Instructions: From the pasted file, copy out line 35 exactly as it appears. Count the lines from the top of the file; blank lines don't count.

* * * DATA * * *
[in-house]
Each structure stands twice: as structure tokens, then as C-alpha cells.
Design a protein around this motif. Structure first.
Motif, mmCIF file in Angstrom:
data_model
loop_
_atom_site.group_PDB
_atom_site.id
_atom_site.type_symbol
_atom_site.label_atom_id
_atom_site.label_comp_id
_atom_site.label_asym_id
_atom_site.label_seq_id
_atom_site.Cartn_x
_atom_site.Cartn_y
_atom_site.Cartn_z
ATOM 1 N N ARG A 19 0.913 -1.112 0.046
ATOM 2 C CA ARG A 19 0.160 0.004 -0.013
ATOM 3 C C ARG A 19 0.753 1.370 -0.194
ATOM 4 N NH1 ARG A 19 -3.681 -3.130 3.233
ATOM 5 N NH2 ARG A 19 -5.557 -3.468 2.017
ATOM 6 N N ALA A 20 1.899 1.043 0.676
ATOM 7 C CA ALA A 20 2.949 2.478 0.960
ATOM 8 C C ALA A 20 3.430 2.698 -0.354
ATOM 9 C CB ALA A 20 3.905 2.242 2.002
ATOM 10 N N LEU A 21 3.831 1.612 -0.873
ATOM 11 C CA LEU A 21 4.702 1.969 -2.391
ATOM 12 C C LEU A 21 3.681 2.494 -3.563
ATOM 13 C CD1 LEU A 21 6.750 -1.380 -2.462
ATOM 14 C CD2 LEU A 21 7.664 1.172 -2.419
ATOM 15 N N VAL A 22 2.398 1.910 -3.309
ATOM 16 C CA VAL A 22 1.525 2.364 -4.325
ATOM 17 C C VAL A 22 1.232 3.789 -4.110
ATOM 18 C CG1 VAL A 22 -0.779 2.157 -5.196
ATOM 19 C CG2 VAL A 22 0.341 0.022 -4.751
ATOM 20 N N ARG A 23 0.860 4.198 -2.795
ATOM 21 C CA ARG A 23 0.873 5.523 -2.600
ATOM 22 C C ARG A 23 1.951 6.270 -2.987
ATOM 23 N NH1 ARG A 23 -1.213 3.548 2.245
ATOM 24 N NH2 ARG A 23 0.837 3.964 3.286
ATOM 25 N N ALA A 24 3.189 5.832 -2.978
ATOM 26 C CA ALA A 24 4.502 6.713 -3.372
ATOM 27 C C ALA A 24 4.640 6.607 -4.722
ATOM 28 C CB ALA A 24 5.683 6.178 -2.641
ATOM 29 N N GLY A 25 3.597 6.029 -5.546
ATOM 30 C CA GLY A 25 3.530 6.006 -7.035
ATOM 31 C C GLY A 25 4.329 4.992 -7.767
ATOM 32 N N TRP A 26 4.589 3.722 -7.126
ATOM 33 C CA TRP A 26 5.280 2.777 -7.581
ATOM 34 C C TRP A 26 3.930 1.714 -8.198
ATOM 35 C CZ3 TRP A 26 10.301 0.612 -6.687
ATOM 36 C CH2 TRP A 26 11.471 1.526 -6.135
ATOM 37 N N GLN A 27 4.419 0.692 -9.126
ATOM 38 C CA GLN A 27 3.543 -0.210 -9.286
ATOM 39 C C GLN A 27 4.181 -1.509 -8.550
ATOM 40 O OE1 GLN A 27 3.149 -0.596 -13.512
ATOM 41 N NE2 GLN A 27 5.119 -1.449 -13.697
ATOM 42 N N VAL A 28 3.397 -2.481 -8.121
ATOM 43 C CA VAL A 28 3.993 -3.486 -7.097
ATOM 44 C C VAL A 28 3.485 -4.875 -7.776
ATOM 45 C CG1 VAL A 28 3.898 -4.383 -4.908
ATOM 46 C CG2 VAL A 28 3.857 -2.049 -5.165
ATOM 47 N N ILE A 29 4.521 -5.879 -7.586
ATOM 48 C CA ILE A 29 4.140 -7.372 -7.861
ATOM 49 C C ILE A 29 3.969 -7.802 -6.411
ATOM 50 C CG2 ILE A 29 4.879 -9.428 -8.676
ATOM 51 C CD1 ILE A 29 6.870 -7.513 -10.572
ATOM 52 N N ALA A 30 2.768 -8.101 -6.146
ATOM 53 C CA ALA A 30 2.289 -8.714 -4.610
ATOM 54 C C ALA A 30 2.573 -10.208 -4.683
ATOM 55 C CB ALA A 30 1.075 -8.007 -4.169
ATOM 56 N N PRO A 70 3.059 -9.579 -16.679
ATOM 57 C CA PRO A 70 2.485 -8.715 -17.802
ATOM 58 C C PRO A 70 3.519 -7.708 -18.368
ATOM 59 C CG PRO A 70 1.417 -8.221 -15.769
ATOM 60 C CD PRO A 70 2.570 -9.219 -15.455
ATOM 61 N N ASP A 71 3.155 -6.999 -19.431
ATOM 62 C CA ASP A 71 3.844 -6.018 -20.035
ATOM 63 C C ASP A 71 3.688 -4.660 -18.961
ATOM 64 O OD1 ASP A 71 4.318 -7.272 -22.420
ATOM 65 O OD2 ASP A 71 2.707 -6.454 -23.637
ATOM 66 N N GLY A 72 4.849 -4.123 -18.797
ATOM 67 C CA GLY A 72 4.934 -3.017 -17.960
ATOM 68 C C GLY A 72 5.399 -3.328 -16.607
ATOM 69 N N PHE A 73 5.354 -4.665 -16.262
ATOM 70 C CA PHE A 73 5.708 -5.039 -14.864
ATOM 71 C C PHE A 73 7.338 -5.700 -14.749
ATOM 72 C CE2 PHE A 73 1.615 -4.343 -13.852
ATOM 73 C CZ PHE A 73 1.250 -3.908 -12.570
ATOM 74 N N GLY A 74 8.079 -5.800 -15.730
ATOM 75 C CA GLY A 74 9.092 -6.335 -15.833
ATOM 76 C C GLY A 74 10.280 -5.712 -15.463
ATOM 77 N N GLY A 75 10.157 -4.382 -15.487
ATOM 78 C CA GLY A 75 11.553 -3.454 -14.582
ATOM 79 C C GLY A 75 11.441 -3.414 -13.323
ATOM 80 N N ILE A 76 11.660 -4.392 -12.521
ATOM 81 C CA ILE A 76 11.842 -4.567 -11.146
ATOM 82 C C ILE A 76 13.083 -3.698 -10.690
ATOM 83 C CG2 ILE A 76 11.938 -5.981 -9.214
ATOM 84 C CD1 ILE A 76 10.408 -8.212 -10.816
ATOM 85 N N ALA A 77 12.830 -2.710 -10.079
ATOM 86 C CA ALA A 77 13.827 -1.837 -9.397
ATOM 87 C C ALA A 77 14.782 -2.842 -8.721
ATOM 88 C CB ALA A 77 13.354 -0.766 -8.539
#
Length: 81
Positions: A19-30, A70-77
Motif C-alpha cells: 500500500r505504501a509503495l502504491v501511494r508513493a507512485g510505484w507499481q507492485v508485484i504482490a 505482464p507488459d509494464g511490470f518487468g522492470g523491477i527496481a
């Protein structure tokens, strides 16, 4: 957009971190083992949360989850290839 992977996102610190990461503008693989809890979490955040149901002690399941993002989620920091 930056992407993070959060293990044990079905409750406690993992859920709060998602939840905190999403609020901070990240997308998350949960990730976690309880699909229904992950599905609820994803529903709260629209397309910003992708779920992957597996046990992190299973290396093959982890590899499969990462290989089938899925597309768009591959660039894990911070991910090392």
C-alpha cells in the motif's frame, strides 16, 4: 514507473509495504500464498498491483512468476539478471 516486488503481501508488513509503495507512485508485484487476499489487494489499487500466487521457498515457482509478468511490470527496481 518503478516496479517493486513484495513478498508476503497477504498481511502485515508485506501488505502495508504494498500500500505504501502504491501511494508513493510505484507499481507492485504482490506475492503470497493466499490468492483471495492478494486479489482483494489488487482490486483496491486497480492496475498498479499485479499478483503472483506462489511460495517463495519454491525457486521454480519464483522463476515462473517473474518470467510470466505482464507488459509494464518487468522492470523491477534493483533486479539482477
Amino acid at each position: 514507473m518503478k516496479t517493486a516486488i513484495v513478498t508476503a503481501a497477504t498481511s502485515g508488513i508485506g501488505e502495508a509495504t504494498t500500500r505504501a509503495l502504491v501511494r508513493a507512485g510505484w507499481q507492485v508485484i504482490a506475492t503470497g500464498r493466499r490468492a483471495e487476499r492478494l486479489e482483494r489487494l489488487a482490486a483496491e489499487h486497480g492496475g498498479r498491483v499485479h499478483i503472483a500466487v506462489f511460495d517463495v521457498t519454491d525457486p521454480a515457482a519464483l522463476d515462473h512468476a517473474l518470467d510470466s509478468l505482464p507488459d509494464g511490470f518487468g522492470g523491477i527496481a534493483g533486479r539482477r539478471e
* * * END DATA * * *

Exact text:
ATOM 19 C CG2 VAL A 22 0.341 0.022 -4.751